1) The NSSO report explicitly states that we need CRATS in order for the business case for SSP to close. You use $10,000 per kg. Studies show that about that we need somewhere between $200-500 per kg.

    2) Not everybody pays less than $.10/kW-hr. There are many places that already pay $.25/kW-hr. By assuming that SSP has to compete — immediately — with the lowest cost electricity in the world, you assume the businesses are stupid. Again, a flawed assumption.

    Summary of “The People” Analysis — Garbage In = Garbage Out

    MIKE FAZAH: I agree with your last statement. But your analysis is based on overly optimistic assumptions. … Also, $10,000/kg is a number that NASA has been advertising since the 1980s. Last I heard it was more like $15,000/kg,

    1) The NSSO report explicitly states that we need CRATS in order for the business case for SSP to close. You use $15,000 per kg. Studies show that about that we need somewhere between $200-500 per kg.

    Summary of “Fazah” Analysis — Garbage In = Garbage Out

    MIKE FAZAH: With these assumptions, the energy cost would be more like $2.1/kW-hr, and this still doesn’t factor in all the other items.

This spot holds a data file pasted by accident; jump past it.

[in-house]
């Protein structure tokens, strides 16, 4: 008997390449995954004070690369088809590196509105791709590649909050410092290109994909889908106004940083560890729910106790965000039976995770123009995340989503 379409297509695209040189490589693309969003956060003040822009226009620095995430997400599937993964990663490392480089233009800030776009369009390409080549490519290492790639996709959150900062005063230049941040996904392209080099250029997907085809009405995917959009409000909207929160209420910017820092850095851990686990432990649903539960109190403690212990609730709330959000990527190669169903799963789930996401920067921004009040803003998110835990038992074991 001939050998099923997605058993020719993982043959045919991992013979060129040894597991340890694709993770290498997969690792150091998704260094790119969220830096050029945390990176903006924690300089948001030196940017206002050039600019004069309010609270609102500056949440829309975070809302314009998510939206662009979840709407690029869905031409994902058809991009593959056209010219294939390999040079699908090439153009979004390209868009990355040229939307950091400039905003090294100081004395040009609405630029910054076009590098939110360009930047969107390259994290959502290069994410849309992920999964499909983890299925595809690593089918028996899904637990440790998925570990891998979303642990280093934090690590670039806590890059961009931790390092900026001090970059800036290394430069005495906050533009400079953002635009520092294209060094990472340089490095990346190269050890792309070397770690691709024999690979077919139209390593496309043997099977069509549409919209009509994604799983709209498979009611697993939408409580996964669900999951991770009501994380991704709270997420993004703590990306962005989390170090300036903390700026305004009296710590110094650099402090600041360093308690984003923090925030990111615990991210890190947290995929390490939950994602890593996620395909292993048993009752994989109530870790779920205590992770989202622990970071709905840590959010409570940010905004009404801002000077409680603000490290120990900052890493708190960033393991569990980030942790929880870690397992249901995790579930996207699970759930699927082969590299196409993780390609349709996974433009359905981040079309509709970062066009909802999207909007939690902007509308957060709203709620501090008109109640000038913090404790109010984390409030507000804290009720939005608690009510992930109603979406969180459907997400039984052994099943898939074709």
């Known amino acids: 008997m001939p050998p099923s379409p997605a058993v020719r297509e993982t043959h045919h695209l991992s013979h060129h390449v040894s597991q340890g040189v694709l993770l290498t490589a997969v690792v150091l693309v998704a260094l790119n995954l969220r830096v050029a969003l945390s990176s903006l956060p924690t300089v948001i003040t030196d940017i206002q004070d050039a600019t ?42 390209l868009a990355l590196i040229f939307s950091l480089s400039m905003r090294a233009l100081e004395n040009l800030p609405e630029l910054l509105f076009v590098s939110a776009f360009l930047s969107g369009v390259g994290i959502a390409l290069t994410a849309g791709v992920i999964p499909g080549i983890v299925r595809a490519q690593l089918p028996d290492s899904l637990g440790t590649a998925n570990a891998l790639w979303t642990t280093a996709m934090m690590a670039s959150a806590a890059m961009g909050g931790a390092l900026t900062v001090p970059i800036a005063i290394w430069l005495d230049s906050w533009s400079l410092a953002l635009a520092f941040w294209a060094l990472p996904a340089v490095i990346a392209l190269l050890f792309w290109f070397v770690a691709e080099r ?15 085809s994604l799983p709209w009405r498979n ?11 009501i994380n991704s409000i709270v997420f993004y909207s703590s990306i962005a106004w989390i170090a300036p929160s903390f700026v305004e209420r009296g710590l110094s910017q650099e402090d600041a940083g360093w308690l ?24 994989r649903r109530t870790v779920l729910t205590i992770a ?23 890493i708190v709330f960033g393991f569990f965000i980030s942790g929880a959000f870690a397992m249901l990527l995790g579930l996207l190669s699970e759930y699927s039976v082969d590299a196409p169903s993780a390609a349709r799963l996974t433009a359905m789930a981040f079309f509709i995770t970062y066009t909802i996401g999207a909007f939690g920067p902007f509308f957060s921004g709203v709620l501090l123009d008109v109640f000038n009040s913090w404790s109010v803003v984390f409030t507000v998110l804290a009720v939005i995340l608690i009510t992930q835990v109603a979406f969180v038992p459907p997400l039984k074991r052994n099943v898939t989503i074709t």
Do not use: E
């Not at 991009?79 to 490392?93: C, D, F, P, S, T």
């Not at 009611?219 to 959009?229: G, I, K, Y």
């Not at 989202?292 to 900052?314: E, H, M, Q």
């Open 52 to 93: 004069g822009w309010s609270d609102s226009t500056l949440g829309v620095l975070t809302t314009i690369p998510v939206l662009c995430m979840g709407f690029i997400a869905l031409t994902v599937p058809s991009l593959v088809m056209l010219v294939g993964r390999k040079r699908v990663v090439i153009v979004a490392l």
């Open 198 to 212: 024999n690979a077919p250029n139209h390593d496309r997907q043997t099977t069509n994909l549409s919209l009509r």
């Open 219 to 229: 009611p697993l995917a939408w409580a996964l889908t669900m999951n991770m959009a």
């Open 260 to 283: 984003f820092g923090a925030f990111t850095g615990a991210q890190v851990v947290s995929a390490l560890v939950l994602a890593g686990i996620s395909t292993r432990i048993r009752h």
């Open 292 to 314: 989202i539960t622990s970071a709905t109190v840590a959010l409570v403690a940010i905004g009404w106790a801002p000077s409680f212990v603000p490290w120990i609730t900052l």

2) By assuming that SSP has to compete — immediately — with the lowest cost electricity in the world, you assume that business is stupid. The NSSO report states that the DOD might be willing to pay $1/kW-hr, or more, for power in certain select areas. That is the power that the first SSP systems will go after.

    Summary of “Fazah” Analysis — Garbage In = Garbage Out

    - SSP FAN

  • Al Fansome

    Anon,

    Thanks for the summary of why the political stars may be aligning for SSP.

    I believe that SSP may soon become a national space initiative. I am just not sure where it should reside when it does.

    NASA may not be the best place for it. The current leadership certainly does not seem welcoming to any new initiatives. They would probably see this as a threat, not as the huge opportunity it is. They can’t even invest in “planetary defense”, even after Griffin has testified to Congress about how important “planetary defense” is, so I see little hope they would do anything useful on SSP.

    DOE led the studies in the 1970s. Maybe they should lead this effort.